Each of the five different races into which mankind has been divided has distinctive peculiarities. These are such as relate to physical form, color, and intellectual development: It is further illustrated by the differences and resemblances observable in sub-divisions within each race, and more especially in those sub-divisions in which there has been no mingling of – alien blood.

While the various tribes of North American Indigenous people which dwelt amid the forests possessed in common certain peculiarities, as, for instance, the copper color and the straight hair, each individual tribe possessed peculiarities common to all the individuals thereof and yet different from those in other tribes. Yet, again, it is illustrated in the resemblances discernible in very many instances between the members of the same family.

So strong are these resemblances that oftentimes the family relationship of each can thus be discerned- These resemblances cannot be accidental. Admit the existence and the potency of the law that like produces like, am. The explanation is easy. Deny it and no satisfactory explanation can be given.

Uniformity in Results. —The degree of uniformity in the results obtained in breeding will be dependent on the methods of the breeder. In no instance will they be absolutely uniform or else there could be no law of variation. But so generally uniform will these results be that the skillful breeder may carry on his operations with no little certainty.

But before he can succeed thus, he must, in the first place, breed to a standard of excellence. Such a standard must determine his choice of breeding animals. It must guide him in mating them. It must be ever present while selections are being made. It, too, must determine which shall be discarded.

Second, he must set a proper value on improved blood. The value of such blood as a factor in breeding has already been referred to in Chapter L and is further discussed below in the present chapter. And third, he helps me understand the art of selection and the principles of management. The question of selection is discussed in Chapter XXIV. The principles of management are so comprehensive that they cannot be stated here.

The author hopes to discuss these sometime in the future, when writing about feeding.

Benefits Arising from this Law. —The following- are chief among the practical benefits that may result to breeders because of the existence of the law that likes produces like: First, it makes it possible for them to effect improvement until a certain standard of excellence is reached. The standard thus set may be placed Adhere they are pleased to place it.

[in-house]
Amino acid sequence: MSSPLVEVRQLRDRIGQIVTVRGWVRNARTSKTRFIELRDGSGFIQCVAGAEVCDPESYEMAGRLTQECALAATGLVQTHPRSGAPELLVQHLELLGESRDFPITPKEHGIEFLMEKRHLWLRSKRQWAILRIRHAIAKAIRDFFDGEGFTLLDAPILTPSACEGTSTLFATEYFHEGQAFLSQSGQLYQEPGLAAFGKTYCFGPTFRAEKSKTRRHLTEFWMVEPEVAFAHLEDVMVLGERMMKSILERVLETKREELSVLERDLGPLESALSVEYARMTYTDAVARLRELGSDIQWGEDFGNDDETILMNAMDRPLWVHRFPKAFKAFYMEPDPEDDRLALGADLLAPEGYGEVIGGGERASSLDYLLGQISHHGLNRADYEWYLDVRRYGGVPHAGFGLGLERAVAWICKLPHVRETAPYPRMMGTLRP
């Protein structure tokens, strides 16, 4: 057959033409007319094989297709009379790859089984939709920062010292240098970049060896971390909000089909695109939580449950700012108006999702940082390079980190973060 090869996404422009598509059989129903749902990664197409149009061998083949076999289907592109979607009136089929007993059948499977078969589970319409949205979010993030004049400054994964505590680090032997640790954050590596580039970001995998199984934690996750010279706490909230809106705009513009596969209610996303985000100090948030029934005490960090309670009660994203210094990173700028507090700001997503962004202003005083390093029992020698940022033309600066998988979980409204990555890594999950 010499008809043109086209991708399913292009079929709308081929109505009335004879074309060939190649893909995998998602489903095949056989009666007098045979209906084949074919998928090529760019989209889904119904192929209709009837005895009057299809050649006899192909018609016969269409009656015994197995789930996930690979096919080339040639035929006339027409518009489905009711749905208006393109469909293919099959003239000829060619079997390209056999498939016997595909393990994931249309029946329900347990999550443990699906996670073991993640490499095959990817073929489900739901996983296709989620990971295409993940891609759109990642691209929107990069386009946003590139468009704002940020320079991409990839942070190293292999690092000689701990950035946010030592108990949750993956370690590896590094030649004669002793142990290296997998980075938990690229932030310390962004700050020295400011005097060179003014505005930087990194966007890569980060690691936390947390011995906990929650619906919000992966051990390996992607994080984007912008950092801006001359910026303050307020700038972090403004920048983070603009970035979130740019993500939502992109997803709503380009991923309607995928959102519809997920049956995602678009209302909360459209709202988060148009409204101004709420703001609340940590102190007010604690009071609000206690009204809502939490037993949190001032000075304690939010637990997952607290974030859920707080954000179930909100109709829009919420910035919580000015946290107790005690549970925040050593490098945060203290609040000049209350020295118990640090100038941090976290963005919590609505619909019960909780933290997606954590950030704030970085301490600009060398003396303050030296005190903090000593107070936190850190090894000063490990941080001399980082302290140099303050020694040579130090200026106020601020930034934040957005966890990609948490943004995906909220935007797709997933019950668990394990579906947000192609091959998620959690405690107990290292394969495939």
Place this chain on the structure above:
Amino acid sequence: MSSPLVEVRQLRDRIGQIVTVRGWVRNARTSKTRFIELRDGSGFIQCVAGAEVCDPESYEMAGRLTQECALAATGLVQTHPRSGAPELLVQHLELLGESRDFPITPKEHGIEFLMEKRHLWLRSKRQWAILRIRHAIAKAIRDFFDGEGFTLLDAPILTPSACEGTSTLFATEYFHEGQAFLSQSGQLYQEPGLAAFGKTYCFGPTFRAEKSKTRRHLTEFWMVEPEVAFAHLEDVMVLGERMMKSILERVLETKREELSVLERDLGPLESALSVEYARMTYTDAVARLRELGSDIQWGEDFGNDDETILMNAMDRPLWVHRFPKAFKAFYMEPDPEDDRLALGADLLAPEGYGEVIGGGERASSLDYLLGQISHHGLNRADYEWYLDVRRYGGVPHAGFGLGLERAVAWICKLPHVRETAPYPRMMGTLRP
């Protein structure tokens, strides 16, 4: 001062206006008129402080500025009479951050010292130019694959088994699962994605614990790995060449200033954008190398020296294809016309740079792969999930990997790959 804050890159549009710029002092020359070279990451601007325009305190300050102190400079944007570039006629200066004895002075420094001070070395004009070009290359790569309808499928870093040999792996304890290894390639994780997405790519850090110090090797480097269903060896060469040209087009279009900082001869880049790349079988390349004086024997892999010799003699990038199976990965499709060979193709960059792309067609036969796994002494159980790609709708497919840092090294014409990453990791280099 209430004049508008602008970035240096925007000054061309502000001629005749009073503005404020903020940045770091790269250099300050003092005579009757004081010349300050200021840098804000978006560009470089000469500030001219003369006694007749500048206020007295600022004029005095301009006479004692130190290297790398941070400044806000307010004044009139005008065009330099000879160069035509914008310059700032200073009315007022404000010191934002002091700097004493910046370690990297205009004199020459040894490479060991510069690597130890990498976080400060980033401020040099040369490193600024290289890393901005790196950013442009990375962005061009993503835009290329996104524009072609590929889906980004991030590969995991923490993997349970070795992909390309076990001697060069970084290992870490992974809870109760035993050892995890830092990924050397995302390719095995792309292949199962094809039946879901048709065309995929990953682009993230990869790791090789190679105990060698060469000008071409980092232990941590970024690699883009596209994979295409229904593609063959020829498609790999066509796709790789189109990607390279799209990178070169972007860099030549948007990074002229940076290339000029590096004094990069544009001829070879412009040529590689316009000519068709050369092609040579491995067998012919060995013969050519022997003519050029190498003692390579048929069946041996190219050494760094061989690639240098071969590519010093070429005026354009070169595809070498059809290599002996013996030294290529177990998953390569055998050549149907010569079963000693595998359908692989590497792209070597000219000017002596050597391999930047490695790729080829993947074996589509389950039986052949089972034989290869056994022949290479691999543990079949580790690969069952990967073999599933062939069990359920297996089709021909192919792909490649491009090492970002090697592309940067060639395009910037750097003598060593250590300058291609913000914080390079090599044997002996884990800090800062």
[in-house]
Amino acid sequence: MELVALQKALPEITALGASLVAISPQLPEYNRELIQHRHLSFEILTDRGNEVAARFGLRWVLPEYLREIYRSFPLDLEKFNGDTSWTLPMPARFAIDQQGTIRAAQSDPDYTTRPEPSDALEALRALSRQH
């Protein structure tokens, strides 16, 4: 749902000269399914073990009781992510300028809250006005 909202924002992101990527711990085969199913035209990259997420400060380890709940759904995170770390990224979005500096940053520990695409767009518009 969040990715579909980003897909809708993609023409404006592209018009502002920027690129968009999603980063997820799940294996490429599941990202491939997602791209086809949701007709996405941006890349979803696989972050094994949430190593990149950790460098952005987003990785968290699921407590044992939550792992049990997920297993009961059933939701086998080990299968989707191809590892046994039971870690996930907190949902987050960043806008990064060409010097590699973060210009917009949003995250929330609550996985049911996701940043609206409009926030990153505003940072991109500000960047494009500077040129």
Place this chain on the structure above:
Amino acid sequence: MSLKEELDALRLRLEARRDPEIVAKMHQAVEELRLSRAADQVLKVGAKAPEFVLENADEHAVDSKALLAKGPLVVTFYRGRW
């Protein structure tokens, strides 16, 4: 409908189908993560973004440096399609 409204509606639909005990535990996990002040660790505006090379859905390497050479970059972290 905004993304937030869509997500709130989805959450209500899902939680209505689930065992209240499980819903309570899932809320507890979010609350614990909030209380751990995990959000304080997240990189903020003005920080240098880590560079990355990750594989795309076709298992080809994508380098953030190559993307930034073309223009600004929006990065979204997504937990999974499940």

The standard of no breed in existence has been raised to the level to which it is possible to bring it. Standard bred horses have been brought nearest to the limit of improvement, but there are no good reasons for supposing that the speed of such horses will not be farther increased. Second, it makes it possible for breeders to maintain improvement.

In all animated nature there would seem to be an inherent tendency in the direction of deterioration in the absence of influences, natural or artificial, such as the tendency to secure the survival of the fittest.

And to prevent such deterioration it would seem to be necessary that these influences are continually operative. This statement may and doubtless will be challenged, and in- certain instances with much show of truth, but in the judgment of the author, the history of the animal and vegetable kingdoms since man left Eden, will sustain it.

But the law is sufficiently uniform and constant in its action to enable the breeder to more than counteract such tendencies when the work is properly conducted. Third, it makes it possible to form new breeds and to mold new types. A mature person can accomplish both because of the existence of this law. Turn loose into nature’s domain a number of cattle comprising representatives of several of the improved breeds and where the conditions are such that they can be maintained without the aid of man, and in time nature will mold them into a new breed.

Give her enough time and the resemblances between the progeny of those diverse breeds will be striking. Take some of those animals and again relegate them to the care of nature where the conditions are different, and the type will be changed. These modifications would be impossible were it not for the fact that in animal breeding, when alien blood is excluded, the tendencies toward assimilation would seem to be decidedly stronger than toward variation.

What nature, unaided, can do can be done more quickly when man comes to the aid of nature, and makes a more rigorous selection than nature could make without the aid of man.

Benefits from Want of Uniformity in this Law. —The exceptions to the want of uniformity in this law have been taken advantage of,

1, to improve the standard of the breed, and

2, to form certain breeds and mold certain types which could not otherwise have been called into existence.

These statements, though apparently contradictory to those just given, are not really so. While the evolution of breeds is the outcome of general uniformity in the action of the law that like produces like when aided by selection, it is equally true that some breeds could never have been evolved at all but for the absence of such absolute uniformity.

Such are the polled breeds of cattle and certain of the improved breeds of sheep from which the horns have been eliminated. Nor could the level of improvement have been raised had none of the progeny varied to the extent of exceeding their parents in desirable development.

The discussion of this question will be further considered in Chapter IV. It may also be proper to mention here that variations in type within a pure breed are seldom to be desired, since, when made to the extent of practically supplanting a type previously existing, they necessitate a change in the standard of excellence.

The more diversity in type found within a breed the greater the want for unity and harmony among the breeders, and when such conditions exist the interests of the breed suffer in proportion as these are present.

Transmission in Mixed Breeding.—In cross- breeding and grading where different types are mated, the result is in a sense a mean between the two. The progeny cannot be exactly like either. The characteristics of both parents are transmitted in part, but they are seldom transmitted equally. There is in nearly all instances a preponderance in resemblance to one parent or the other, arising in a great measure, at least, from the greater prepotency of that parent which is most closely resembled in the progeny. Prepotency is discussed in Chapter IX.